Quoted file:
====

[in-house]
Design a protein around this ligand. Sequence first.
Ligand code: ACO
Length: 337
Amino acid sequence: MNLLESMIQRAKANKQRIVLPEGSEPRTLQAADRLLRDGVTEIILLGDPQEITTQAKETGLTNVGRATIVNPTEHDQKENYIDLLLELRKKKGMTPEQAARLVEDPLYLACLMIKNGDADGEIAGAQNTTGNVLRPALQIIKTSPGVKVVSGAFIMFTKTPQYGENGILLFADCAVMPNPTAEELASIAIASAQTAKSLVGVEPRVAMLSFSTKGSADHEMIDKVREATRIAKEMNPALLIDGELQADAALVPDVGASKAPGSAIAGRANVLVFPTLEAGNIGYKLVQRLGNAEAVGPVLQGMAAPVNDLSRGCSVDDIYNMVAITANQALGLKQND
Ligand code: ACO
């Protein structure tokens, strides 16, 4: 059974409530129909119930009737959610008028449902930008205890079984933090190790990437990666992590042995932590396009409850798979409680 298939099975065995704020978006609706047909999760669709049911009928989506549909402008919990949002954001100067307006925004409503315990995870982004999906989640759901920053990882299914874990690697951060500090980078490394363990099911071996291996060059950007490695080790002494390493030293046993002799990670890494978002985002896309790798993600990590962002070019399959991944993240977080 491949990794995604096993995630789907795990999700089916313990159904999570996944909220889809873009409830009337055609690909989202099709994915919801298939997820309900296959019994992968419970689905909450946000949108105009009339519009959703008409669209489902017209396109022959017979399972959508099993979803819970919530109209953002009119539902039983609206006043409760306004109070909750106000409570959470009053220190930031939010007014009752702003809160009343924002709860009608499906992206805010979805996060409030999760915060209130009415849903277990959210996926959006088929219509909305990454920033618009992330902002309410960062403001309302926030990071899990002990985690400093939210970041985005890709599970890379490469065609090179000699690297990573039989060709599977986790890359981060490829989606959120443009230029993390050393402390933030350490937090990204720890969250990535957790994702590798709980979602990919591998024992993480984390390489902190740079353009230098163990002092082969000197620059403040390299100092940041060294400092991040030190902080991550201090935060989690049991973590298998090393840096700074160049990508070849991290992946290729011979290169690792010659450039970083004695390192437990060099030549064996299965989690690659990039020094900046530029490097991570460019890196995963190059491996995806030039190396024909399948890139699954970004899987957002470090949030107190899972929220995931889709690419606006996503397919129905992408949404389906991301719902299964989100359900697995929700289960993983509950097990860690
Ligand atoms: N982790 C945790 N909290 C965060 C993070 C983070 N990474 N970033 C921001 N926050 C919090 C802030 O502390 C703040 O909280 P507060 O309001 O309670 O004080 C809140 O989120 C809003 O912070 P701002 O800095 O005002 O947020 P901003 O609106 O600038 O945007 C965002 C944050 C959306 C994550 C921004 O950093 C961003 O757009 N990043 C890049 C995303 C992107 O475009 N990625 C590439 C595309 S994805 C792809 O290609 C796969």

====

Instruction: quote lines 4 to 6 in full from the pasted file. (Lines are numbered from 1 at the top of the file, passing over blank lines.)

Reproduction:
Length: 337
Amino acid sequence: MNLLESMIQRAKANKQRIVLPEGSEPRTLQAADRLLRDGVTEIILLGDPQEITTQAKETGLTNVGRATIVNPTEHDQKENYIDLLLELRKKKGMTPEQAARLVEDPLYLACLMIKNGDADGEIAGAQNTTGNVLRPALQIIKTSPGVKVVSGAFIMFTKTPQYGENGILLFADCAVMPNPTAEELASIAIASAQTAKSLVGVEPRVAMLSFSTKGSADHEMIDKVREATRIAKEMNPALLIDGELQADAALVPDVGASKAPGSAIAGRANVLVFPTLEAGNIGYKLVQRLGNAEAVGPVLQGMAAPVNDLSRGCSVDDIYNMVAITANQALGLKQND
Ligand code: ACO